"I guess there ain’t any end to Omaha,” wrote sixteen-year-old Frisby Rasp in a letter to his parents in 1888. “You can walk till you are tired out in any direction you choose, and the houses are as thick as ever….” Rasp's letters show us how the city looked, sounded, and smelled to an 1880s farm boy.
What was a valuable racehorse doing on the icy Missouri River in January 1882? Men from a local packinghouse mobilized, but would they save the horse before it was swept under the ice?
Omaha was shocked when the wife of a Florence real estate man was brutally murdered in 1917. A suspect was soon in custody, but was he the right man?
The South Omaha butchers conceived the idea that it would be fun to stay away and play a practical joke on their Council Bluffs brethren, . . . They sent a defiant challenge to the Missouri Valley boys [near the picnic site at Loveland] to be on hand with all of their best fighters for South Omaha was coming up there to clean out all western Iowa.
In 1962 Nebraskans organized the largest mass vaccination campaign in the state’s history. An estimated 1 million Nebraskans drank polio vaccine at a series of “Sabin Oral Sunday” events that year.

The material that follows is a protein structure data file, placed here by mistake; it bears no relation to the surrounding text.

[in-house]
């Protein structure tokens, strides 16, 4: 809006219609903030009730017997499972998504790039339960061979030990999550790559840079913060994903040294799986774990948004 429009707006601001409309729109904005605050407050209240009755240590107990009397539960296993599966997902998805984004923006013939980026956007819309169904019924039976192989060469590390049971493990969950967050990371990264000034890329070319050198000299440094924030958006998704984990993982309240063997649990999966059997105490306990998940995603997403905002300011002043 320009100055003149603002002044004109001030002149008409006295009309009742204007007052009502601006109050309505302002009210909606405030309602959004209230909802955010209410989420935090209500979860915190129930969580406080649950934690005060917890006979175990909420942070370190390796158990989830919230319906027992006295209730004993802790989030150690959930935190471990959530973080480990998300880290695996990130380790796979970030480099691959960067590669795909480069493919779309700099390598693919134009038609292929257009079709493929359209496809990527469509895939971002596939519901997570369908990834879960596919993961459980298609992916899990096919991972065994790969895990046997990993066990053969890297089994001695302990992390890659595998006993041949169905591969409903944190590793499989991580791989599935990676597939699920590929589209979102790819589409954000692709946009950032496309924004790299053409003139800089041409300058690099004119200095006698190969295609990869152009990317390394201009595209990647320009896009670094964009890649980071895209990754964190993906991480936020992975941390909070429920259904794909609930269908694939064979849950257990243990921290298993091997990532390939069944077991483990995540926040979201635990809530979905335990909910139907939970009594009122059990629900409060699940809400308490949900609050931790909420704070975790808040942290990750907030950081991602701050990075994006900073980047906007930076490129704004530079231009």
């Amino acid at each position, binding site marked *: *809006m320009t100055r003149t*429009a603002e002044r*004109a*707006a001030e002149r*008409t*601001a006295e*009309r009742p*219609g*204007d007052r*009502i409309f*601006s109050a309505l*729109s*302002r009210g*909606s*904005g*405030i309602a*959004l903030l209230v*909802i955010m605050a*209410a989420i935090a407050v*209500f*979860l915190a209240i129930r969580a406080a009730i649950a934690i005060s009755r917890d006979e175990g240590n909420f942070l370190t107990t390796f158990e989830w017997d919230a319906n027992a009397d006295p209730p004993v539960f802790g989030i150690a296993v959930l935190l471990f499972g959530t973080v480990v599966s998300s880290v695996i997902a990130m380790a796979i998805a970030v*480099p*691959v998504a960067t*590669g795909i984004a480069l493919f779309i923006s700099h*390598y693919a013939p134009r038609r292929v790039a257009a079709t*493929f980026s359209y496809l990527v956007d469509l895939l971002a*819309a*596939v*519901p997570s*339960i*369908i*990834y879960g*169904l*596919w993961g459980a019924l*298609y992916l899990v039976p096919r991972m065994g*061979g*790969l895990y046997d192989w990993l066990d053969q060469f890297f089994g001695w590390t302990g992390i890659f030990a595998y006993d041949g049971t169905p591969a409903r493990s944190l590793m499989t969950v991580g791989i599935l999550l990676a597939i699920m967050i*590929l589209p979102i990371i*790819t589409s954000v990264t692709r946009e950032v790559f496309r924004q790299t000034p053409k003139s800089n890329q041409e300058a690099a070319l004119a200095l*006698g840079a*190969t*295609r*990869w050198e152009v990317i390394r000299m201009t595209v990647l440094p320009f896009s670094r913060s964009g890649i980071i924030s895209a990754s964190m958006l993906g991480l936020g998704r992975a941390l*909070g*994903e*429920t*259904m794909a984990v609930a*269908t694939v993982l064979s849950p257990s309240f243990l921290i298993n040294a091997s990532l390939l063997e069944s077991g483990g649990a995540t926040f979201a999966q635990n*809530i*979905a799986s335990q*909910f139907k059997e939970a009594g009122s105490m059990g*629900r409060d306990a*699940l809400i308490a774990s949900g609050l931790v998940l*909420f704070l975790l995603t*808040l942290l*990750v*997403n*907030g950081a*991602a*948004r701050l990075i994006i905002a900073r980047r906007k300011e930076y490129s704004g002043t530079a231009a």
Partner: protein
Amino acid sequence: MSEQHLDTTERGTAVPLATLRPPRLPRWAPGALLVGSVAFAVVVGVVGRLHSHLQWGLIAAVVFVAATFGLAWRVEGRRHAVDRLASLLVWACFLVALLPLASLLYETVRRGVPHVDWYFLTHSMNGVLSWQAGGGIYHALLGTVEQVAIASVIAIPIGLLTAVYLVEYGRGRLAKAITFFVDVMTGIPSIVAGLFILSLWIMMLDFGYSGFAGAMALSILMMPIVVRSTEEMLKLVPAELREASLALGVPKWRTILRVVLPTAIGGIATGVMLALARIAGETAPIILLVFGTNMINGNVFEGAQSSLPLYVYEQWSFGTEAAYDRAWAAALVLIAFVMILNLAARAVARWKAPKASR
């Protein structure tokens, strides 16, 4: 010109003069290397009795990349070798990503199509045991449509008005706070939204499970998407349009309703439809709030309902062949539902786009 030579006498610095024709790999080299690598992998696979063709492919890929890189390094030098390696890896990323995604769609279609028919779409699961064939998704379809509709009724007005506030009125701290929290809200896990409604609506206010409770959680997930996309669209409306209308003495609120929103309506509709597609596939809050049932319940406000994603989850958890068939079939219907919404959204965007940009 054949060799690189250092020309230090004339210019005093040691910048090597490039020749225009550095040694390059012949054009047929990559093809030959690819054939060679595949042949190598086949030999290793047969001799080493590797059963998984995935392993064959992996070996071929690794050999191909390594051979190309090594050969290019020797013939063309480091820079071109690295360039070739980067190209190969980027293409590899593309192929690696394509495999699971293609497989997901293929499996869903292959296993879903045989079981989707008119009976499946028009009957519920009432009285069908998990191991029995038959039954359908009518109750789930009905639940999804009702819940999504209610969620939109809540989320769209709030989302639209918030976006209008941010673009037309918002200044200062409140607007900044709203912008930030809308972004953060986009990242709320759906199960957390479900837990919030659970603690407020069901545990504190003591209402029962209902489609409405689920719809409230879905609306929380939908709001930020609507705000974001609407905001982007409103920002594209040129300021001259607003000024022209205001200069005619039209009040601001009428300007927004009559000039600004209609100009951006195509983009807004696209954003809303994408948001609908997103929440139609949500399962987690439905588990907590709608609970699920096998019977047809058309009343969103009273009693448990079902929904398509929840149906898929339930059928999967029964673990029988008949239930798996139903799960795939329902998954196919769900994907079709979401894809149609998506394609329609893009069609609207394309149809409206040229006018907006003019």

Why is this young man all shook up? Elvis Presley performed at the University of Nebraska Coliseum on May 19, 1956, and at the Omaha Civic Auditorium the next day. This photo from the Omaha show appeared on the World-Herald's front page.
Ten percent of Nebraskans are Latino, part of a statewide community that is more than a century old. At first it was specifically a Mexican and Mexican-American community. The Spring 2019 issue of Nebraska History tells the story of the early decades.
What was it like to live as a hobo? And what did hobos experience in Nebraska?
Omaha police officer James MacDonald spent a decade with one leg literally in the grave.